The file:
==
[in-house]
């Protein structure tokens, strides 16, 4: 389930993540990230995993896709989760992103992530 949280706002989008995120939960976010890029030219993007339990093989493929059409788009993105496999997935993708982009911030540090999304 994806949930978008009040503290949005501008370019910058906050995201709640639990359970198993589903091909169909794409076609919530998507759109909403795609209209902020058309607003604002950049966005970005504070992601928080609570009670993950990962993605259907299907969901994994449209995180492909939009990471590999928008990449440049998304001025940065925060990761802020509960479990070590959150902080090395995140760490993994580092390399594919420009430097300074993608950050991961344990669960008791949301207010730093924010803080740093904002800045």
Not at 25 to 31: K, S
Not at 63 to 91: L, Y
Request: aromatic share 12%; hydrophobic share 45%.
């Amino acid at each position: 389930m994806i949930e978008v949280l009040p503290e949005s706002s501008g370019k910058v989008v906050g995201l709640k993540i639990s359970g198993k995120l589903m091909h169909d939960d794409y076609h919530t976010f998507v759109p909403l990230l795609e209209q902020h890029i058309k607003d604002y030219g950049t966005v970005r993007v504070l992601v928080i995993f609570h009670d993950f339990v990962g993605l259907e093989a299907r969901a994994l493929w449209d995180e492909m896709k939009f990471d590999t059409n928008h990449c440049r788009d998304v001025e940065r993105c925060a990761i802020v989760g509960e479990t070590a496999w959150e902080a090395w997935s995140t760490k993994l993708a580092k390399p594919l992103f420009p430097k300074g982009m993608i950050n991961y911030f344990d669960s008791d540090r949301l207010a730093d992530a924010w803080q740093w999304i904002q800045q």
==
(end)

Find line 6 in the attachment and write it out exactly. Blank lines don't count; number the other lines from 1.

């Amino acid at each position: 389930m994806i949930e978008v949280l009040p503290e949005s706002s501008g370019k910058v989008v906050g995201l709640k993540i639990s359970g198993k995120l589903m091909h169909d939960d794409y076609h919530t976010f998507v759109p909403l990230l795609e209209q902020h890029i058309k607003d604002y030219g950049t966005v970005r993007v504070l992601v928080i995993f609570h009670d993950f339990v990962g993605l259907e093989a299907r969901a994994l493929w449209d995180e492909m896709k939009f990471d590999t059409n928008h990449c440049r788009d998304v001025e940065r993105c925060a990761i802020v989760g509960e479990t070590a496999w959150e902080a090395w997935s995140t760490k993994l993708a580092k390399p594919l992103f420009p430097k300074g982009m993608i950050n991961y911030f344990d669960s008791d540090r949301l207010a730093d992530a924010w803080q740093w999304i904002q800045q």